Other experts are critical of relying heavily on phonics to teach reading.

“Doubling down on phonics alone has never worked to produce better readers,” Gay Ivey, a UNC Greensboro professor and literacy expert, told the Editorial Board.

Cooper also signed House Bill 82 into law. The Summer Learning Choice for NC Families law requires school districts to create summer learning recovery and enrichment programs to address learning loss students experienced as a result of the COVID-19 pandemic.

“This pandemic has challenged students and teachers like never before,” Cooper said. “Providing a summer opportunity for academic growth plus mental and physical health will help schools begin to address those challenges.”

State health officials say expansion of COVID-19 testing in schools would help slow infections

State health officials want to expand testing for COVID-19 in school districts as more students, teachers and staff return to classrooms this month.

Officials are focusing on “screen testing,” which is done on a regular basis, usually weekly, as opposed to diagnostic testing performed on individuals who exhibit symptoms of COVID-19.

“We do have some evidence from national studies that the weekly testing of students, teachers and staff can reduce in-school infections by an estimated 50%,” Susan Gale Perry, chief deputy secretary of the NC Department of Health and Human Services (NCDHSS), said Thursday.

Perry’s comments came during a State Board of Education meeting where she announced plans to apply for a share of $10 billion in federal money President Joe Biden’s administration earmarked for to help schools expand COVID-19 testing for students, teachers and staff as part of the effort to help schools reopen full-time for in-person instruction.

The money is part of the $1.9 trillion COVID-19 relief package that includes $122 billion for K-12 schools.

“These screening tests provide another layer of mitigation and protection, another tool in the tool box that we are strongly recommending that schools and districts consider implementing and we’re going to try to make that process easier for schools moving forward,” Perry said

Aditi Mallick, director of the state’s COVID-19 Operations Center, said the federal money will allow NCDHHS to move to Phase 3 of its testing program for K-12 school, which expands testing to more schools across the state.

Phase 1 was a pilot program utilizing diagnostic testing at selected schools. It ran from December 2020 through February 2021. Phase 2 began in March and included diagnostic testing and screen testing.

More than 63,255 tests were distributed to school districts, charter schools and private schools during Phase 2. Of testing results reported to NCDHHS, 181 of 1,213 were positive. Results were limited because some districts reported them to local health departments and NCDHHS were unable to determine whether those result were from schools or other settings.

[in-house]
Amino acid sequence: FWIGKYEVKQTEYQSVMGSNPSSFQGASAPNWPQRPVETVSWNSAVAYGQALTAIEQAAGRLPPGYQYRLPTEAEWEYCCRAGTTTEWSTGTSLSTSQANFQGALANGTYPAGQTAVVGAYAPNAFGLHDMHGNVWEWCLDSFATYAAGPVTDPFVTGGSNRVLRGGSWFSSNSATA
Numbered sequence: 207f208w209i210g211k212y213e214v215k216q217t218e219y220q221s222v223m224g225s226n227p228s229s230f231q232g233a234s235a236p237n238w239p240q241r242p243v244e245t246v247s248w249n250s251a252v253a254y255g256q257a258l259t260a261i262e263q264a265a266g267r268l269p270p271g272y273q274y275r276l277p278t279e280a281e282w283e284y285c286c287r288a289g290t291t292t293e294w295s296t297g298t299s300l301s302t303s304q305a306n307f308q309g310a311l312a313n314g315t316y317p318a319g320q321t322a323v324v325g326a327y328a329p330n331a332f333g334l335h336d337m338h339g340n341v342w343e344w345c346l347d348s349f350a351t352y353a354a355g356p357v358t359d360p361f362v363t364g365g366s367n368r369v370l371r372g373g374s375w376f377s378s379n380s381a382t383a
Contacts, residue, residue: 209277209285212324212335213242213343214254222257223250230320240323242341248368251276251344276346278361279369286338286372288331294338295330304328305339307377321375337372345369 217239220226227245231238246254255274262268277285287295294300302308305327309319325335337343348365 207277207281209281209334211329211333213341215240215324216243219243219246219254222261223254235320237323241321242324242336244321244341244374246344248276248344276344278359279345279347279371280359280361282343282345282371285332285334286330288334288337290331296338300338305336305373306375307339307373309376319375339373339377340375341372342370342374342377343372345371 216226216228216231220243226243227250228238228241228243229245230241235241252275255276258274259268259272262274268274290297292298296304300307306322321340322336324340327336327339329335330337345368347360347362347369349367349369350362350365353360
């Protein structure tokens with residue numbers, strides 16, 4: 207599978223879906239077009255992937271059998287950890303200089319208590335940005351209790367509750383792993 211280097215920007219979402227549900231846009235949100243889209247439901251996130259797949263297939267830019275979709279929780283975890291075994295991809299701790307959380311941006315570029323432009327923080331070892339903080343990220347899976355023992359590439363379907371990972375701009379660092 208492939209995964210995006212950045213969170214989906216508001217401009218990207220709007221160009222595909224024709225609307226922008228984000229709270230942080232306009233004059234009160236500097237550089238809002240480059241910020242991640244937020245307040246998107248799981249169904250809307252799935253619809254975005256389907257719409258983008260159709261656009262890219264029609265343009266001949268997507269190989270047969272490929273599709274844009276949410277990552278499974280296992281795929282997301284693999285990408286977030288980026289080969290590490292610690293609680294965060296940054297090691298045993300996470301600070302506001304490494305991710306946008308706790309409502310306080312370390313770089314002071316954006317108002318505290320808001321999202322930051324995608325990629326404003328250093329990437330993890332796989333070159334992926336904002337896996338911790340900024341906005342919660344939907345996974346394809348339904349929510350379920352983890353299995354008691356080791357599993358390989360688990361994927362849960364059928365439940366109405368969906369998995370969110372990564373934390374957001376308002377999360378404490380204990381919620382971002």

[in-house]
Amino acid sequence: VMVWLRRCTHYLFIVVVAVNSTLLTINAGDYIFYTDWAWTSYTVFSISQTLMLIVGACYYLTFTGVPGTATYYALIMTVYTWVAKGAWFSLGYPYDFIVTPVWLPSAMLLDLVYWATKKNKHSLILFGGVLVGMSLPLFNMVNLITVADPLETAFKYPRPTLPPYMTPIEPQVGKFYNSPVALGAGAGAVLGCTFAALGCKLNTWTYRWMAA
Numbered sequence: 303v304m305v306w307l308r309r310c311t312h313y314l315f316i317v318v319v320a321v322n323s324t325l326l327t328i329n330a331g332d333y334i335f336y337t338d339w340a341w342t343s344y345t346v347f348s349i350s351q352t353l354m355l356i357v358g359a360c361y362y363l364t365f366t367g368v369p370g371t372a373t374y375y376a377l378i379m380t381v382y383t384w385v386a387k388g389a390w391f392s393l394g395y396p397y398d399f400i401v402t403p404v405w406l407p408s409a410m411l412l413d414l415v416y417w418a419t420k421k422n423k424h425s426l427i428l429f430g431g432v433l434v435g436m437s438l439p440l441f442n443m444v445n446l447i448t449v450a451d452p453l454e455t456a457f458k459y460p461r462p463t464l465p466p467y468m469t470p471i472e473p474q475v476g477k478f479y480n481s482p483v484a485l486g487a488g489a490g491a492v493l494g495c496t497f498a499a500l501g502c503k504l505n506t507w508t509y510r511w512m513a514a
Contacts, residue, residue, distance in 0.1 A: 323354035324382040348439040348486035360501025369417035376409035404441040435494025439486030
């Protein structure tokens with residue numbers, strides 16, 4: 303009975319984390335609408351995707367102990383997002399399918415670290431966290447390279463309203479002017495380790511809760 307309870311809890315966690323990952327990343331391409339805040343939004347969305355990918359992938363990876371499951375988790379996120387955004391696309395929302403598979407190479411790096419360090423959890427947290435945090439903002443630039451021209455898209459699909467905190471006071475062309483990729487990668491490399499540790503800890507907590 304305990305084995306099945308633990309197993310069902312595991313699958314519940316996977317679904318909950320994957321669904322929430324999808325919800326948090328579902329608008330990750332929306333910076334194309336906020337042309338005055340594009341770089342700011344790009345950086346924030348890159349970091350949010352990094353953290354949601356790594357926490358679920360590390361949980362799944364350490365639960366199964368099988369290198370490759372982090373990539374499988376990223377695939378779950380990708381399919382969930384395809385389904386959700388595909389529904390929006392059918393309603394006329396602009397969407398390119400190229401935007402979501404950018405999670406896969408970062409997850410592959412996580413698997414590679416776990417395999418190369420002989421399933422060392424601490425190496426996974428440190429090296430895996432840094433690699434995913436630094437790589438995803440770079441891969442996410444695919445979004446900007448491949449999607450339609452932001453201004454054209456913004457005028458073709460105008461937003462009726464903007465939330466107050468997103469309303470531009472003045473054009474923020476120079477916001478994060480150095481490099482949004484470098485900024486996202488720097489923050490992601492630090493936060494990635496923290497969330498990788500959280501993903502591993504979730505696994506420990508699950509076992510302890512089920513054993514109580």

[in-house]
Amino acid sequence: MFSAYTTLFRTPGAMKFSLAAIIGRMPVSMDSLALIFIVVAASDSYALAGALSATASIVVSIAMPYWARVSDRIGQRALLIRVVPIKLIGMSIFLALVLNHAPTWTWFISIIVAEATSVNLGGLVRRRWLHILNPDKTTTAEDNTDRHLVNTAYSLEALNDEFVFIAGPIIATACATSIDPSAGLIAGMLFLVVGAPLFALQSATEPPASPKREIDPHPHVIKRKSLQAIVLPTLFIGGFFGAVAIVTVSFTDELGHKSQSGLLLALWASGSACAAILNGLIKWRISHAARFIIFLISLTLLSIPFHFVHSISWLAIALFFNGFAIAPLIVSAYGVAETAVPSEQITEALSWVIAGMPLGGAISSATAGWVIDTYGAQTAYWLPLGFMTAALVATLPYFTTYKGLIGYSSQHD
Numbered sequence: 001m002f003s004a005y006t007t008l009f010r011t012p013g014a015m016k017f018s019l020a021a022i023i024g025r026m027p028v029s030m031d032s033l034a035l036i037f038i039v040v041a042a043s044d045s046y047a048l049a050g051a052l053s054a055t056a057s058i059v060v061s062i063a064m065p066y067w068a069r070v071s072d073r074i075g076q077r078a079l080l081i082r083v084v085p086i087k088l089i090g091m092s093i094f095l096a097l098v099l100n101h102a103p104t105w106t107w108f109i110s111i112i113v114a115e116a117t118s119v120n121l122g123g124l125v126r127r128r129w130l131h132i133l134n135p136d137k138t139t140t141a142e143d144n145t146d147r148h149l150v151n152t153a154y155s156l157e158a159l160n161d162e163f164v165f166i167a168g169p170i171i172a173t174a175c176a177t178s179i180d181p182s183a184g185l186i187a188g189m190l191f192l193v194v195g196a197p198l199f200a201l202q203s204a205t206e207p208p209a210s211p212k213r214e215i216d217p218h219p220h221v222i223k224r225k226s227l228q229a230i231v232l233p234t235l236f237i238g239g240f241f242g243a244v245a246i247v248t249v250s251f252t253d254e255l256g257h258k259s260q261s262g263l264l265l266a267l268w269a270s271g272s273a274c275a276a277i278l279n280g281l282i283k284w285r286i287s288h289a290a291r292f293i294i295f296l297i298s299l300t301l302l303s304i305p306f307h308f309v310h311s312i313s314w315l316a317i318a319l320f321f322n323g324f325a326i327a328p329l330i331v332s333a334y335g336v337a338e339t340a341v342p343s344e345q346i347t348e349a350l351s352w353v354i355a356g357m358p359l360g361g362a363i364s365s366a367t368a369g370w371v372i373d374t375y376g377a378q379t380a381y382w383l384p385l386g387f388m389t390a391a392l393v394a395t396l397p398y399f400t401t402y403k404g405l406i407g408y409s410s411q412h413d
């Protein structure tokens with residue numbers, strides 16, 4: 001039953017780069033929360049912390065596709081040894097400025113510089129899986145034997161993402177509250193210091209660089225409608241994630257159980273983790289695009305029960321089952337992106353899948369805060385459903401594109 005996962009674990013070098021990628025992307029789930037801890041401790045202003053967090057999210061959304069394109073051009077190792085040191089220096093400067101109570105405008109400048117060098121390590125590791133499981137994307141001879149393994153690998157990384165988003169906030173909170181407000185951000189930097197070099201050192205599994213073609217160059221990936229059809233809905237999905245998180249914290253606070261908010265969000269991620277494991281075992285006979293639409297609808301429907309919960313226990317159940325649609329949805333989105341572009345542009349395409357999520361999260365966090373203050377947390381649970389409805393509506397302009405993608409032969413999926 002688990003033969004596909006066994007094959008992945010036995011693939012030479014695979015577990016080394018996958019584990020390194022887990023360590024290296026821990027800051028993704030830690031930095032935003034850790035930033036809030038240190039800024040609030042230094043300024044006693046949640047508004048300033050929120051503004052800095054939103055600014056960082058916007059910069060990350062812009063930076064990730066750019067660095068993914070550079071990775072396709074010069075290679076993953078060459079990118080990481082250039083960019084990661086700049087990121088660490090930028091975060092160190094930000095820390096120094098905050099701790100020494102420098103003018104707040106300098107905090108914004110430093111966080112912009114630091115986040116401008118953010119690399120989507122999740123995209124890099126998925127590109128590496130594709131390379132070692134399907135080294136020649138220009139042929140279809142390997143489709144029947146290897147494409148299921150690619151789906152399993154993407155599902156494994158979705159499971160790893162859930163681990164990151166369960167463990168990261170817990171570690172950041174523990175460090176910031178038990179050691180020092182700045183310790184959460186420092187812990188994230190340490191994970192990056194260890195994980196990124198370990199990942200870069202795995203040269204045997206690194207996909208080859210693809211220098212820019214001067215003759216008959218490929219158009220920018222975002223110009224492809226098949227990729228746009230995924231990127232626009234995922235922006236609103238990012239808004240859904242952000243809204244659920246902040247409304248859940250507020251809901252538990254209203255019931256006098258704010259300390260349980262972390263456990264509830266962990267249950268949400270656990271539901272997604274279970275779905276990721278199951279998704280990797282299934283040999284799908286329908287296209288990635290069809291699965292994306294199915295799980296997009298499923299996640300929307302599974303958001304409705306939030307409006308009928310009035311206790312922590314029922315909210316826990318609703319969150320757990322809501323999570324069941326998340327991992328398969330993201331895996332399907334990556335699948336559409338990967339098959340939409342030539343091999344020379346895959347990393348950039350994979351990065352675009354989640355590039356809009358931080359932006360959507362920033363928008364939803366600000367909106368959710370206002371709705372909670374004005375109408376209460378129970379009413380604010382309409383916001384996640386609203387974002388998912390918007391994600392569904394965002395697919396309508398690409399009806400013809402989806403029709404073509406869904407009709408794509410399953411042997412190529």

“Our sincere hope is that schools will be excited to take advantage of this opportunity, and certainly the infusion of new funding helps solve for potential historical barriers of staffing or reporting or availability of tests,” Mallick said, noting that participation will be optional for districts.

Districts will have three screen testing options, Mallick said.

They will be able to contract with a NCDHHS approved vendor for testing. The vendor will be named by fall 2021.

NCDHHS will also provide free screening tests or diagnostic tests to schools that request them or districts can develop their own approach to testing without state involvement.

The move to expand testing comes as infection rates have plateaued or increased slightly across all age groups except residents 65 or older in which case rates are declining.

Currently, there are 45 active clusters in schools, which is a 30% decline from last month. Thirty-four clusters are at public schools and 11 at private schools.

As of April 4, there has been 1,840 infections associated with K-12 clusters. Students made up 1,205 case and staff 635.

Perry said the state cannot let its guard down.

“We are seeing rising numbers in other parts of the country and across the world,” she said. “We know that this virus is still very much out there and new more infectious variants are spreading and we all need to continue to be careful and responsible as we race to get North Carolinians vaccinated.”

Senate bill would increase maximum amount families receive for school vouchers

In a move that’s sure to spark controversy, Senate Republicans on Wednesday filed a bill to increase school voucher awards by $2,300.

Parents use state vouchers to help pay tuition at private and religious schools. Currently, families can receive awards of up to $4,200. Senate Bill 671 would push the maximum award to $6,500.

Sens. Michael Lee (R-New Hanover) and Deanna Ballard (R-Watauga), who co-chairs the Senate Education Committee, sponsored SB 671.

“It’s clear that after a year of being forced into ‘virtual learning’ working-class families want a bigger say in their child’s education and Opportunity Scholarships can give them back their voice,” Lee said in a statement.

The bill would increase income eligibility from 150% to 175 % of the amount required to qualify for the federal free or reduced-price lunch program.

“Under this bill, a single mother making less than $56,400 would be eligible to receive an Opportunity Scholarship for her child,” according to a statement posted on Senate leader Phil Berger’s website.

The bill also combines the Special Education Scholarships for Students with Disabilities and Personal Education Savings Accounts. The two would become the Personal Education Student Accounts for Children with Disabilities.

SB 671 comes in the wake of House Bill 32 that would substantially expand eligibility for school vouchers by no longer requiring voucher recipients to be enrolled in a public school unless they are entering kindergarten or first grade.

HB 32 would also increase the value of vouchers by setting the maximum award at 70% of the state average pupil allocation in the prior fiscal year for the 2022-23 school year, then raising the maximum award to 80% of the state average pupil allocation in the 2023-24 school year and beyond.

The state average per public allocation is currently $6,585, so the maximum voucher award would be more approximately $4,610 next school year at 70% of the state average.